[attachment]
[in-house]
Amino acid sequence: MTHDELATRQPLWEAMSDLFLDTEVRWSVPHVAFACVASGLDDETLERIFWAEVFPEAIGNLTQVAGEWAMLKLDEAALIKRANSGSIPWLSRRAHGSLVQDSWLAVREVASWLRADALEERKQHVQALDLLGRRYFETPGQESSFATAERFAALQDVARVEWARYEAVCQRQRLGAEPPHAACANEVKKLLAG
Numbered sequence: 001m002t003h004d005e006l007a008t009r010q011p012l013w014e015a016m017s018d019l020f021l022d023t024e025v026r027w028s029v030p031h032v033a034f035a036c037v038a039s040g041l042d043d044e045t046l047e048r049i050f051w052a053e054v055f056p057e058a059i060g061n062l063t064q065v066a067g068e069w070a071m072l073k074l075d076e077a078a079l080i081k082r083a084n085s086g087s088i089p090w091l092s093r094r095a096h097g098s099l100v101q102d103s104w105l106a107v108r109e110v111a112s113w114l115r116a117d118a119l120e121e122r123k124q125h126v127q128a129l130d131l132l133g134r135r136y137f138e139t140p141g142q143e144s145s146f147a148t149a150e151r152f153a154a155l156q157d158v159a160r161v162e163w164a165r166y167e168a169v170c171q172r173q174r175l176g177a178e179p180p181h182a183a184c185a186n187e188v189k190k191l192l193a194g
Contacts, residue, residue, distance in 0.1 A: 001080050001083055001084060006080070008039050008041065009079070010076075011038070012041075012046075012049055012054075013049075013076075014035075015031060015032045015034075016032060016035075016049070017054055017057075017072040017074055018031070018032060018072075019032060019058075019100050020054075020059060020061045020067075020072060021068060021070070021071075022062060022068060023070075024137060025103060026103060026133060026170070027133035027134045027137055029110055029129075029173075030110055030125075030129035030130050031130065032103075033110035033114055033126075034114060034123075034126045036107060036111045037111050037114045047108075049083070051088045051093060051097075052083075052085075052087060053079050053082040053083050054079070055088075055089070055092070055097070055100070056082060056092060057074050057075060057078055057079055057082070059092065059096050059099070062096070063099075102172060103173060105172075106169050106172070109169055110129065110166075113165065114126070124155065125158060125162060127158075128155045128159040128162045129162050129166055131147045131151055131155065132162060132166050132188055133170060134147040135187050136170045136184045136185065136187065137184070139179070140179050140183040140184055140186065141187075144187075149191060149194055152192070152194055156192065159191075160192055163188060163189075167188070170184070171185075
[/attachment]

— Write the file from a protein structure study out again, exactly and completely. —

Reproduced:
[in-house]
Amino acid sequence: MTHDELATRQPLWEAMSDLFLDTEVRWSVPHVAFACVASGLDDETLERIFWAEVFPEAIGNLTQVAGEWAMLKLDEAALIKRANSGSIPWLSRRAHGSLVQDSWLAVREVASWLRADALEERKQHVQALDLLGRRYFETPGQESSFATAERFAALQDVARVEWARYEAVCQRQRLGAEPPHAACANEVKKLLAG
Numbered sequence: 001m002t003h004d005e006l007a008t009r010q011p012l013w014e015a016m017s018d019l020f021l022d023t024e025v026r027w028s029v030p031h032v033a034f035a036c037v038a039s040g041l042d043d044e045t046l047e048r049i050f051w052a053e054v055f056p057e058a059i060g061n062l063t064q065v066a067g068e069w070a071m072l073k074l075d076e077a078a079l080i081k082r083a084n085s086g087s088i089p090w091l092s093r094r095a096h097g098s099l100v101q102d103s104w105l106a107v108r109e110v111a112s113w114l115r116a117d118a119l120e121e122r123k124q125h126v127q128a129l130d131l132l133g134r135r136y137f138e139t140p141g142q143e144s145s146f147a148t149a150e151r152f153a154a155l156q157d158v159a160r161v162e163w164a165r166y167e168a169v170c171q172r173q174r175l176g177a178e179p180p181h182a183a184c185a186n187e188v189k190k191l192l193a194g
Contacts, residue, residue, distance in 0.1 A: 001080050001083055001084060006080070008039050008041065009079070010076075011038070012041075012046075012049055012054075013049075013076075014035075015031060015032045015034075016032060016035075016049070017054055017057075017072040017074055018031070018032060018072075019032060019058075019100050020054075020059060020061045020067075020072060021068060021070070021071075022062060022068060023070075024137060025103060026103060026133060026170070027133035027134045027137055029110055029129075029173075030110055030125075030129035030130050031130065032103075033110035033114055033126075034114060034123075034126045036107060036111045037111050037114045047108075049083070051088045051093060051097075052083075052085075052087060053079050053082040053083050054079070055088075055089070055092070055097070055100070056082060056092060057074050057075060057078055057079055057082070059092065059096050059099070062096070063099075102172060103173060105172075106169050106172070109169055110129065110166075113165065114126070124155065125158060125162060127158075128155045128159040128162045129162050129166055131147045131151055131155065132162060132166050132188055133170060134147040135187050136170045136184045136185065136187065137184070139179070140179050140183040140184055140186065141187075144187075149191060149194055152192070152194055156192065159191075160192055163188060163189075167188070170184070171185075